|Ryan Eades pitched collegiately for LSU.|
Ryan Eades, for example. He was the Twins second-round draft pick last June. The third-round pick, catcher Stuart Turner, is in the book at No. 30. The fourth round pick, left-handed pitcher Stephen Gonsalves, is in the book at No. 13. But Eades isn't.
With J.T. Chargois listed as the 31st prospect in the bonus supplement and Sean Gilmartin ranked among the Atlanta Braves prospects, there are at least 17 pitching prospects Baseball America ranks above Eades, including a half dozen age 20 or younger.
When it comes to pitching prospects, the more the merrier; they have a frighteningly high attrition rate. It's just .. odd ... to see a second-rounder not listed in the Top 32. But this hardly means Eades is not a prospect after fewer than 16 professional innings.
I'm not sure the same can be said for a pair of first round picks whose careers have floundered.
Right-handed pitcher Alex Wimmers, who the Twins took with the 21st overall pick in 2010, threw just 15 innings last year. Infielder Levi Michael, another collegian (30th overall in 2011) has hit just .239 in 211 games in High A and played himself from shortstop to second base.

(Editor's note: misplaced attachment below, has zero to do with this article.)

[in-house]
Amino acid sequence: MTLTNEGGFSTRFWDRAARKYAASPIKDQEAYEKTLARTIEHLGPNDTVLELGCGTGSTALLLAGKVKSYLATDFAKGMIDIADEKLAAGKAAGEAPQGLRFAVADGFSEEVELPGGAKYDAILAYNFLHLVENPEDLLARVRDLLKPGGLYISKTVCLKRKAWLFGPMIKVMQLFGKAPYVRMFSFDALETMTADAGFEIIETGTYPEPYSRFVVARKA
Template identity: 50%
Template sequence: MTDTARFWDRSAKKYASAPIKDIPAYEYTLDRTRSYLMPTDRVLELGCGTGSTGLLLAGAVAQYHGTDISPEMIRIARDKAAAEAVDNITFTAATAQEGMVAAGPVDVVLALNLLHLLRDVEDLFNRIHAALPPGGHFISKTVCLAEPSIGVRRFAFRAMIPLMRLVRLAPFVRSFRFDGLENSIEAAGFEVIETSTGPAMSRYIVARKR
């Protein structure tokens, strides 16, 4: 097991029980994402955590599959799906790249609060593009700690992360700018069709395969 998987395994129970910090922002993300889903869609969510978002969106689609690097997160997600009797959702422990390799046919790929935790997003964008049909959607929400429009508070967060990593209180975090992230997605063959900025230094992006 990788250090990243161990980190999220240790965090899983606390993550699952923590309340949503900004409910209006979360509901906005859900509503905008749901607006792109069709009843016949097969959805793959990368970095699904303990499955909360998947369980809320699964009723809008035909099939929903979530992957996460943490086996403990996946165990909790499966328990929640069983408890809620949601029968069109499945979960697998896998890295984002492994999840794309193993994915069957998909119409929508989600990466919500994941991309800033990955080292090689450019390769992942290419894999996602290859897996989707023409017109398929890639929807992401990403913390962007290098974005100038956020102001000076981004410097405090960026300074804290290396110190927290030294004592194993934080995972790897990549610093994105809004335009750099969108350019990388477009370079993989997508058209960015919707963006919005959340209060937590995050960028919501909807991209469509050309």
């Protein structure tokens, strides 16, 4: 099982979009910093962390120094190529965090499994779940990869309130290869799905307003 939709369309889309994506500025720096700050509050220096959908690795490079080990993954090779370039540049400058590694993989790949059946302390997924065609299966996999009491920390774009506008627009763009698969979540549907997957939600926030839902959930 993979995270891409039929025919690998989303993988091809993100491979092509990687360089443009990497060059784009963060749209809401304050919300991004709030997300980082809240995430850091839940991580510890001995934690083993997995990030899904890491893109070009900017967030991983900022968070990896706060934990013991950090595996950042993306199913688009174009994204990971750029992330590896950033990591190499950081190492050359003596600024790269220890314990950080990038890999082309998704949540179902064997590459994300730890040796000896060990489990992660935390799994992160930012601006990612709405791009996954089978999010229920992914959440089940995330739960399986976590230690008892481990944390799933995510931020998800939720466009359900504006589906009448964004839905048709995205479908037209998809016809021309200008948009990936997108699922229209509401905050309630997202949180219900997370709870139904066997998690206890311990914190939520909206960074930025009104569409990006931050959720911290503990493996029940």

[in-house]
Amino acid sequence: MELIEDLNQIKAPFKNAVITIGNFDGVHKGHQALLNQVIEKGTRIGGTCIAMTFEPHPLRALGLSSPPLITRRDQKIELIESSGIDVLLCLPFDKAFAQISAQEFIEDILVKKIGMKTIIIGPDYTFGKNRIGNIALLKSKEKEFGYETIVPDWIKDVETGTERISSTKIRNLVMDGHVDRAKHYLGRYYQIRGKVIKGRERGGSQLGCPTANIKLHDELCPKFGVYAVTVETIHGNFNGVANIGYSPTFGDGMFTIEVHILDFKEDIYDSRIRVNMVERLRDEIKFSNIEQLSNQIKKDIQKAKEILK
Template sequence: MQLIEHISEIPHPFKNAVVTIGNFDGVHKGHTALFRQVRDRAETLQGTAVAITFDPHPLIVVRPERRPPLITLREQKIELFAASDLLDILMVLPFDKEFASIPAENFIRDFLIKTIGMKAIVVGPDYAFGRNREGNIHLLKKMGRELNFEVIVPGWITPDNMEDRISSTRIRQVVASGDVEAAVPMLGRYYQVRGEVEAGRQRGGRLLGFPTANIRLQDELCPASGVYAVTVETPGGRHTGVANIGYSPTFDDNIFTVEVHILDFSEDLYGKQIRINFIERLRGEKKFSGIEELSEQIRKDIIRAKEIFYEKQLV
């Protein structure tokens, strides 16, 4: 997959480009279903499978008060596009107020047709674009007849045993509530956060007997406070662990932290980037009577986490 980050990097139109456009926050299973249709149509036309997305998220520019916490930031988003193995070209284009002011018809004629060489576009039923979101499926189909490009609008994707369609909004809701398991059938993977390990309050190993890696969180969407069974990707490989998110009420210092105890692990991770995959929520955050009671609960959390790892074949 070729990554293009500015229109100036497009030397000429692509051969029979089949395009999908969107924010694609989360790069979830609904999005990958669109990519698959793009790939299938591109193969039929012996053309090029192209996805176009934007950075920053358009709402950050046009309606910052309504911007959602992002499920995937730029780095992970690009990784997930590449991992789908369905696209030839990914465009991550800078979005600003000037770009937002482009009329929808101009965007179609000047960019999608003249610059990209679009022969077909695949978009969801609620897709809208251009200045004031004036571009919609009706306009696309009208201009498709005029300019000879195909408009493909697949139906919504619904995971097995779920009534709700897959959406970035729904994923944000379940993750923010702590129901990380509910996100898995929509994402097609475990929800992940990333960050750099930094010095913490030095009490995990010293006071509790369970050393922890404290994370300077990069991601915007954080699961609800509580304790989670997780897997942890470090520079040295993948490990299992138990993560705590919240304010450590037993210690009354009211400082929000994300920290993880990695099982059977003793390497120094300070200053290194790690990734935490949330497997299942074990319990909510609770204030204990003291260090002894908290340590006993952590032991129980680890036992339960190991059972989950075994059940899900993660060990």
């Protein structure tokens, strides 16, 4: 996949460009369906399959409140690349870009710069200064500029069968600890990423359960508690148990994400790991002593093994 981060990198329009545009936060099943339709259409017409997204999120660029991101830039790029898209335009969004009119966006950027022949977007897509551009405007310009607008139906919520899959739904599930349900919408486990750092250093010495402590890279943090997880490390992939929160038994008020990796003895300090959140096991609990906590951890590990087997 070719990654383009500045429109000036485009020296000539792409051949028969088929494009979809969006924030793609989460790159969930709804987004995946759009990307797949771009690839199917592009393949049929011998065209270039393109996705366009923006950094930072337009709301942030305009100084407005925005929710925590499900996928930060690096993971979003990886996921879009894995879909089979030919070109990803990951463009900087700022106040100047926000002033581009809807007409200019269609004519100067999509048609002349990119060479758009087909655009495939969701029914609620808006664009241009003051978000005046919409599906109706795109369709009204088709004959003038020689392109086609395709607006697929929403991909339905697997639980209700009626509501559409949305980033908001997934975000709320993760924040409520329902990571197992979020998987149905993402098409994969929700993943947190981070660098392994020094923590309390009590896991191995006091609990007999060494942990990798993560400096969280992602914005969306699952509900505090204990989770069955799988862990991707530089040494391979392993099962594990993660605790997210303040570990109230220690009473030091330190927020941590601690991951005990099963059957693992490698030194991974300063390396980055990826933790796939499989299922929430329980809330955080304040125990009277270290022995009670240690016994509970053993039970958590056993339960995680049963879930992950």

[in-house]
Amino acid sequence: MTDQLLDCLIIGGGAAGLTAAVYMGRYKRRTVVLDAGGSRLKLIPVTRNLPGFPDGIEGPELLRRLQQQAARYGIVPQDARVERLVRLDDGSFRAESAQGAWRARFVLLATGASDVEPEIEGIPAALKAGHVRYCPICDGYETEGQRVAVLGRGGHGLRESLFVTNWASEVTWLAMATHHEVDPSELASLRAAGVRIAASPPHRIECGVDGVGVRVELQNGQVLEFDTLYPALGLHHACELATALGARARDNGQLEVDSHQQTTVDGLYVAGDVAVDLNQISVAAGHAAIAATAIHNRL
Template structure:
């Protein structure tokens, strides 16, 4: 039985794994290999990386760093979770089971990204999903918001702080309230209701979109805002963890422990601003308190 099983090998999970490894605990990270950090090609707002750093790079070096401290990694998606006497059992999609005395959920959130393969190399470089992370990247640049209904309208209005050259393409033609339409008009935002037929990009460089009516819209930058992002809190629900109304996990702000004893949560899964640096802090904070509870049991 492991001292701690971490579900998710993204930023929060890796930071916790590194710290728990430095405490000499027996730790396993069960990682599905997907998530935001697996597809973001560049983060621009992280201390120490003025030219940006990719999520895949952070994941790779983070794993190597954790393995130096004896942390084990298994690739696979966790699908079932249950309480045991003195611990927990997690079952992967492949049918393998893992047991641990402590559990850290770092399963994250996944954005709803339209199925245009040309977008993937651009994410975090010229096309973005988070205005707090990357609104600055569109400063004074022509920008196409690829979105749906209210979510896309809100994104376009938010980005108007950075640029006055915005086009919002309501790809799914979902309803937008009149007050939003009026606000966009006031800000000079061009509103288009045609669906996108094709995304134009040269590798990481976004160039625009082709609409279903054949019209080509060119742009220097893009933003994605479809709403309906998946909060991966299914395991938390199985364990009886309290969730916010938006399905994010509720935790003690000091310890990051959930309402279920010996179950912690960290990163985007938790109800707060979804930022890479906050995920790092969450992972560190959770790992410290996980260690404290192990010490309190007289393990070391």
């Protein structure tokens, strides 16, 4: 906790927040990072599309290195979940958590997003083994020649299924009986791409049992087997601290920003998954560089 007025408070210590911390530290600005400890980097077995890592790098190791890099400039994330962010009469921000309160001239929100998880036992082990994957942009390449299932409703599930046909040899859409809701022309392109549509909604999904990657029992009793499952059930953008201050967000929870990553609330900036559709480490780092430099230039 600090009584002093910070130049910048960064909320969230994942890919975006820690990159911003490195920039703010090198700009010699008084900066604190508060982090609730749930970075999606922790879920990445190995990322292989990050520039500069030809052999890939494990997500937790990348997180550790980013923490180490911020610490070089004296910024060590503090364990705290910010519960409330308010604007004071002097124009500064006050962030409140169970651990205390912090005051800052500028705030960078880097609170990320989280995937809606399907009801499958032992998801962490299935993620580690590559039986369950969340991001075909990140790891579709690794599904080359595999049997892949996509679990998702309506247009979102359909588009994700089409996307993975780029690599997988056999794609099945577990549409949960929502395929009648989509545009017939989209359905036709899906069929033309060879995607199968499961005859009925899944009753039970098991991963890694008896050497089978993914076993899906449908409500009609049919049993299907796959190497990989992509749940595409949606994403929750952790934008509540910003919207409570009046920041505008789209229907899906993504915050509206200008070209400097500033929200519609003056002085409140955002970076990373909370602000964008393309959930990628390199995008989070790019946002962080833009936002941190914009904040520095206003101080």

Neither is in the Handbook. Neither should be. It's not certain (yet) that these were busted picks, but it sure looks that way.
In case anybody thinks I should be mentioning Kyle Gibson in this context, Gibson "graduated" from prospect status last year with 51 major league innings. Gibson is in that awkward space somewhere between "prospect" and "established big leaguer." He's got a better chance than Wimmers or Michael to justify his first-round pick, but he'll never be good enough to justify (in retrospect) being drafted ahead of Mike Trout.